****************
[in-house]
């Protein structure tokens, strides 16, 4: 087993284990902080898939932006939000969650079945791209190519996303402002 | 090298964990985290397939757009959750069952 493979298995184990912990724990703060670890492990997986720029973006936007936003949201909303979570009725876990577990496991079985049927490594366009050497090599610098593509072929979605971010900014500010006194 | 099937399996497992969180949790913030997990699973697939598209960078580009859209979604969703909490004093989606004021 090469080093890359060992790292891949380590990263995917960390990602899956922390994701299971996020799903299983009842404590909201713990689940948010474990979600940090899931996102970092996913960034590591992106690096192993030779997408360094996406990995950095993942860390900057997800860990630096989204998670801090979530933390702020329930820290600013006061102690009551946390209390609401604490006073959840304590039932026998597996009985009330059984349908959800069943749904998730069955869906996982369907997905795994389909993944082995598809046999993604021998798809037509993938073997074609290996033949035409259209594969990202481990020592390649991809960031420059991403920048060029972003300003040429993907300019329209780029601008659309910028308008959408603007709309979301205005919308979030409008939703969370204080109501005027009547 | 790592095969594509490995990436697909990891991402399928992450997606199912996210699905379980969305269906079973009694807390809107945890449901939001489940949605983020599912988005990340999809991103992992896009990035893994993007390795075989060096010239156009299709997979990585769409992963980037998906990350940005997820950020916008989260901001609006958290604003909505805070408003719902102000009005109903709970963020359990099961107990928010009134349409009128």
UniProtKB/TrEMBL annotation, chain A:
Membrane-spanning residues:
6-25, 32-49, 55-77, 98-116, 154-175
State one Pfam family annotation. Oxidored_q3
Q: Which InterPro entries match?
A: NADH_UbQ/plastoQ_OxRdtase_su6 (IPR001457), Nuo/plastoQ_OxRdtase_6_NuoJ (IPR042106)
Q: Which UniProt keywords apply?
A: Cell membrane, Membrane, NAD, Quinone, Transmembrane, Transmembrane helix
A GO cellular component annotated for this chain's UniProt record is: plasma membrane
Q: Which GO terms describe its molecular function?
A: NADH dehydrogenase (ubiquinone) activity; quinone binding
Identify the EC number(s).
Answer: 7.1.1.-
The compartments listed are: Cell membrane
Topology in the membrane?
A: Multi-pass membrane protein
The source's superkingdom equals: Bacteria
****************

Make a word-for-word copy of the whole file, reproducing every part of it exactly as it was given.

[in-house]
């Protein structure tokens, strides 16, 4: 087993284990902080898939932006939000969650079945791209190519996303402002 | 090298964990985290397939757009959750069952 493979298995184990912990724990703060670890492990997986720029973006936007936003949201909303979570009725876990577990496991079985049927490594366009050497090599610098593509072929979605971010900014500010006194 | 099937399996497992969180949790913030997990699973697939598209960078580009859209979604969703909490004093989606004021 090469080093890359060992790292891949380590990263995917960390990602899956922390994701299971996020799903299983009842404590909201713990689940948010474990979600940090899931996102970092996913960034590591992106690096192993030779997408360094996406990995950095993942860390900057997800860990630096989204998670801090979530933390702020329930820290600013006061102690009551946390209390609401604490006073959840304590039932026998597996009985009330059984349908959800069943749904998730069955869906996982369907997905795994389909993944082995598809046999993604021998798809037509993938073997074609290996033949035409259209594969990202481990020592390649991809960031420059991403920048060029972003300003040429993907300019329209780029601008659309910028308008959408603007709309979301205005919308979030409008939703969370204080109501005027009547 | 790592095969594509490995990436697909990891991402399928992450997606199912996210699905379980969305269906079973009694807390809107945890449901939001489940949605983020599912988005990340999809991103992992896009990035893994993007390795075989060096010239156009299709997979990585769409992963980037998906990350940005997820950020916008989260901001609006958290604003909505805070408003719902102000009005109903709970963020359990099961107990928010009134349409009128």
UniProtKB/TrEMBL annotation, chain A:
Membrane-spanning residues:
6-25, 32-49, 55-77, 98-116, 154-175
State one Pfam family annotation. Oxidored_q3
Q: Which InterPro entries match?
A: NADH_UbQ/plastoQ_OxRdtase_su6 (IPR001457), Nuo/plastoQ_OxRdtase_6_NuoJ (IPR042106)
Q: Which UniProt keywords apply?
A: Cell membrane, Membrane, NAD, Quinone, Transmembrane, Transmembrane helix
A GO cellular component annotated for this chain's UniProt record is: plasma membrane
Q: Which GO terms describe its molecular function?
A: NADH dehydrogenase (ubiquinone) activity; quinone binding
Identify the EC number(s).
Answer: 7.1.1.-
The compartments listed are: Cell membrane
Topology in the membrane?
A: Multi-pass membrane protein
The source's superkingdom equals: Bacteria